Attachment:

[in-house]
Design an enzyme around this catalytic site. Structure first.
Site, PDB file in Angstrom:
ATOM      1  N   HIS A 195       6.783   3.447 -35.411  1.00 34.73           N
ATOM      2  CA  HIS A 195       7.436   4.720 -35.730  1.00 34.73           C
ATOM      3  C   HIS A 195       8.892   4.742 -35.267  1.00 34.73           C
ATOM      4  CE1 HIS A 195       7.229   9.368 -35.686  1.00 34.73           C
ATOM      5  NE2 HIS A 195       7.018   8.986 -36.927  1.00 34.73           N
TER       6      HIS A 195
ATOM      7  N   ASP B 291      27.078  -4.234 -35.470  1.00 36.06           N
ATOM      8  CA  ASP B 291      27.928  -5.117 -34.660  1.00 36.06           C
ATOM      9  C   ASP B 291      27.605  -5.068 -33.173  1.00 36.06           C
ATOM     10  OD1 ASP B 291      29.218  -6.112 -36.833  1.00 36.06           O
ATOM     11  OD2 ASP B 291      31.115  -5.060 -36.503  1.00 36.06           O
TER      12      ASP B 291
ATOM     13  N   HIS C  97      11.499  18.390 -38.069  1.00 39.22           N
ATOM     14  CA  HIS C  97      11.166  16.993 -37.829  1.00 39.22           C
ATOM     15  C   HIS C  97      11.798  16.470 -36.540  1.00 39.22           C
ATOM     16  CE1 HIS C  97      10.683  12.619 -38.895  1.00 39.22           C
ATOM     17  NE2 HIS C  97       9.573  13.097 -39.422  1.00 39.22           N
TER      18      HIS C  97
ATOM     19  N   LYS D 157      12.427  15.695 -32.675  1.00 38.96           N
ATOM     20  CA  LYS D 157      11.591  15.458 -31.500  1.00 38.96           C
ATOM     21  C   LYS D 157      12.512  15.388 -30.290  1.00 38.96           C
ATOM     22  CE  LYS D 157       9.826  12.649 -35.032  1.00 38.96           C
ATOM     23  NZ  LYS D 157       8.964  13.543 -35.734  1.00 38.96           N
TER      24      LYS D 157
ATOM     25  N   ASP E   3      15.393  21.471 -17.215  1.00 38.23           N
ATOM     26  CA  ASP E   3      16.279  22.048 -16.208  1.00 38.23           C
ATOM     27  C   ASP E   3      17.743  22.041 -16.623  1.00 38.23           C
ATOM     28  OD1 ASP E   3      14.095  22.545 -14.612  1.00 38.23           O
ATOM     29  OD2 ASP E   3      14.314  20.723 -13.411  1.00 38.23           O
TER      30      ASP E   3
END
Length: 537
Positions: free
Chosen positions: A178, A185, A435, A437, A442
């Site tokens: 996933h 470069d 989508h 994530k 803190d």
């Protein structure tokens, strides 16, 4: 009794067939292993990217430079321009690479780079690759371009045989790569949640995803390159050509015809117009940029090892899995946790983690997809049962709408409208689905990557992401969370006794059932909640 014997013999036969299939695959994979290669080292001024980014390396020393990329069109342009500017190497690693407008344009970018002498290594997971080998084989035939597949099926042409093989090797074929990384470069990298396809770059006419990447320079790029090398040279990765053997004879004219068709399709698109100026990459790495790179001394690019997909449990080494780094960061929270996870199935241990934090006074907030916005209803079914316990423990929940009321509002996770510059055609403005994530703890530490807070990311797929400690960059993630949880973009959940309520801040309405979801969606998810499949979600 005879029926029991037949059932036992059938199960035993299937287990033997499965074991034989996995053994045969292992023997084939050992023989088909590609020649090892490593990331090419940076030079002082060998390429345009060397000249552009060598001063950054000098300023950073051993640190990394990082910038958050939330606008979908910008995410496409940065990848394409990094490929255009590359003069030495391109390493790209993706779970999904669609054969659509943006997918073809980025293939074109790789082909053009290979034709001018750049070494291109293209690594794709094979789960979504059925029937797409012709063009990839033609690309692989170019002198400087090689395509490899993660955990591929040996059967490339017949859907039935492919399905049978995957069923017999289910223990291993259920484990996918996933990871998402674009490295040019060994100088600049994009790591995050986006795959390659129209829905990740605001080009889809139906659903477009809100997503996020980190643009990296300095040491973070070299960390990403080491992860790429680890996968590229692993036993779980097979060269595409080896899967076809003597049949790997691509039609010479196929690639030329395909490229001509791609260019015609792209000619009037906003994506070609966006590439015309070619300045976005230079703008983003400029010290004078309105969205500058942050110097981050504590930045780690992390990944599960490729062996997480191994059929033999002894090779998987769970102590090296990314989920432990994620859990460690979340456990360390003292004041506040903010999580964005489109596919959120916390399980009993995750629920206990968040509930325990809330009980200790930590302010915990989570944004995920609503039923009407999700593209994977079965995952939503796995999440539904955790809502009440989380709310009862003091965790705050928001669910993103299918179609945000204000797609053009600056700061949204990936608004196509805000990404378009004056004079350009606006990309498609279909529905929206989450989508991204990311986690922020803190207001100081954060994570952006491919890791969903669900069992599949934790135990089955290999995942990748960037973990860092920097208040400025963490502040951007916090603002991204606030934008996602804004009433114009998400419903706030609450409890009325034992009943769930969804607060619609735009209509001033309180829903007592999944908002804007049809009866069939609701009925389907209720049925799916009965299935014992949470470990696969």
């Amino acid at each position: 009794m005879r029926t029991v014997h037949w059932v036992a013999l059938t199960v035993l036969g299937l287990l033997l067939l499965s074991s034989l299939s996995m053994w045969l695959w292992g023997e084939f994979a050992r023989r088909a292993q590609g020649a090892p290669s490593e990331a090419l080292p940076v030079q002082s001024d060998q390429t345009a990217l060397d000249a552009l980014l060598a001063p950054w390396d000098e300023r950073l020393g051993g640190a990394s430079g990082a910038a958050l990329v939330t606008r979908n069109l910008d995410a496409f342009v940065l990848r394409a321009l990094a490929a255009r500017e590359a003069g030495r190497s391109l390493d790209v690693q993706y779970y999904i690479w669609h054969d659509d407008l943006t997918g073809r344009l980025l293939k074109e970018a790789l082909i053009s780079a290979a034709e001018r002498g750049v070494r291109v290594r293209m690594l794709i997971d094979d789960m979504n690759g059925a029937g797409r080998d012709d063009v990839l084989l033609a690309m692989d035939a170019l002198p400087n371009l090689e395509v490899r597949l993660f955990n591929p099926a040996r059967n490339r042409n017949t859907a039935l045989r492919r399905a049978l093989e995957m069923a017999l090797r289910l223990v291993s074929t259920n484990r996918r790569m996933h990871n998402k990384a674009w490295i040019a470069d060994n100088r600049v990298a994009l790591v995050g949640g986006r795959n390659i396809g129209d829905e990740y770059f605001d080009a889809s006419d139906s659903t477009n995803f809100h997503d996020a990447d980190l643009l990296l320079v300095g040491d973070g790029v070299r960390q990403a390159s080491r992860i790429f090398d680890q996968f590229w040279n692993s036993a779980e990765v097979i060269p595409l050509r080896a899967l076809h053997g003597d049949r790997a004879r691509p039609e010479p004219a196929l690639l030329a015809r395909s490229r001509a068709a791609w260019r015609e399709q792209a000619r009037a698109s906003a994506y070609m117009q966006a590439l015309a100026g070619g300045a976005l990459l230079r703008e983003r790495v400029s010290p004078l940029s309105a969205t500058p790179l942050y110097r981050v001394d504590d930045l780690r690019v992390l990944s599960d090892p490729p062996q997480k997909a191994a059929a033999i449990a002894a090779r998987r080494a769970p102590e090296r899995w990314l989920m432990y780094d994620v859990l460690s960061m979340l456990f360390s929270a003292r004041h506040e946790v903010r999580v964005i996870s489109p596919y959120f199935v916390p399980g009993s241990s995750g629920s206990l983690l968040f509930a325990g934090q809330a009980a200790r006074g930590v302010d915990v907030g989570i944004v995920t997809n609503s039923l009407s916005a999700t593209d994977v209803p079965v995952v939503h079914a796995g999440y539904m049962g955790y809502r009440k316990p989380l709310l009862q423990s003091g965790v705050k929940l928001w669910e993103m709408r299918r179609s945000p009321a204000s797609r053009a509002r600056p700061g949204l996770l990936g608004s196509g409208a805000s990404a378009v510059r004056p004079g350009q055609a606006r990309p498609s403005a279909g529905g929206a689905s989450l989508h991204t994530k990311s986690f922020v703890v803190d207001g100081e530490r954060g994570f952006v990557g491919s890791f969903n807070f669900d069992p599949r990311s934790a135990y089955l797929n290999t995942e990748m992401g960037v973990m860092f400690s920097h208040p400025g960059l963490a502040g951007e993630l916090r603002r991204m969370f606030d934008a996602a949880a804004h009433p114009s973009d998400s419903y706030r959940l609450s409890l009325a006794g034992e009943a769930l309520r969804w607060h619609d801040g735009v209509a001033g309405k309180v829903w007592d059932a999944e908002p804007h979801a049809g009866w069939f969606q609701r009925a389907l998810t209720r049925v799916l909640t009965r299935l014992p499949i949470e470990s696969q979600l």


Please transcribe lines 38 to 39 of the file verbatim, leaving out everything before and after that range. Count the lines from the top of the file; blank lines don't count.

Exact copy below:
């Site tokens: 996933h 470069d 989508h 994530k 803190d």
């Protein structure tokens, strides 16, 4: 009794067939292993990217430079321009690479780079690759371009045989790569949640995803390159050509015809117009940029090892899995946790983690997809049962709408409208689905990557992401969370006794059932909640 014997013999036969299939695959994979290669080292001024980014390396020393990329069109342009500017190497690693407008344009970018002498290594997971080998084989035939597949099926042409093989090797074929990384470069990298396809770059006419990447320079790029090398040279990765053997004879004219068709399709698109100026990459790495790179001394690019997909449990080494780094960061929270996870199935241990934090006074907030916005209803079914316990423990929940009321509002996770510059055609403005994530703890530490807070990311797929400690960059993630949880973009959940309520801040309405979801969606998810499949979600 005879029926029991037949059932036992059938199960035993299937287990033997499965074991034989996995053994045969292992023997084939050992023989088909590609020649090892490593990331090419940076030079002082060998390429345009060397000249552009060598001063950054000098300023950073051993640190990394990082910038958050939330606008979908910008995410496409940065990848394409990094490929255009590359003069030495391109390493790209993706779970999904669609054969659509943006997918073809980025293939074109790789082909053009290979034709001018750049070494291109293209690594794709094979789960979504059925029937797409012709063009990839033609690309692989170019002198400087090689395509490899993660955990591929040996059967490339017949859907039935492919399905049978995957069923017999289910223990291993259920484990996918996933990871998402674009490295040019060994100088600049994009790591995050986006795959390659129209829905990740605001080009889809139906659903477009809100997503996020980190643009990296300095040491973070070299960390990403080491992860790429680890996968590229692993036993779980097979060269595409080896899967076809003597049949790997691509039609010479196929690639030329395909490229001509791609260019015609792209000619009037906003994506070609966006590439015309070619300045976005230079703008983003400029010290004078309105969205500058942050110097981050504590930045780690992390990944599960490729062996997480191994059929033999002894090779998987769970102590090296990314989920432990994620859990460690979340456990360390003292004041506040903010999580964005489109596919959120916390399980009993995750629920206990968040509930325990809330009980200790930590302010915990989570944004995920609503039923009407999700593209994977079965995952939503796995999440539904955790809502009440989380709310009862003091965790705050928001669910993103299918179609945000204000797609053009600056700061949204990936608004196509805000990404378009004056004079350009606006990309498609279909529905929206989450989508991204990311986690922020803190207001100081954060994570952006491919890791969903669900069992599949934790135990089955290999995942990748960037973990860092920097208040400025963490502040951007916090603002991204606030934008996602804004009433114009998400419903706030609450409890009325034992009943769930969804607060619609735009209509001033309180829903007592999944908002804007049809009866069939609701009925389907209720049925799916009965299935014992949470470990696969």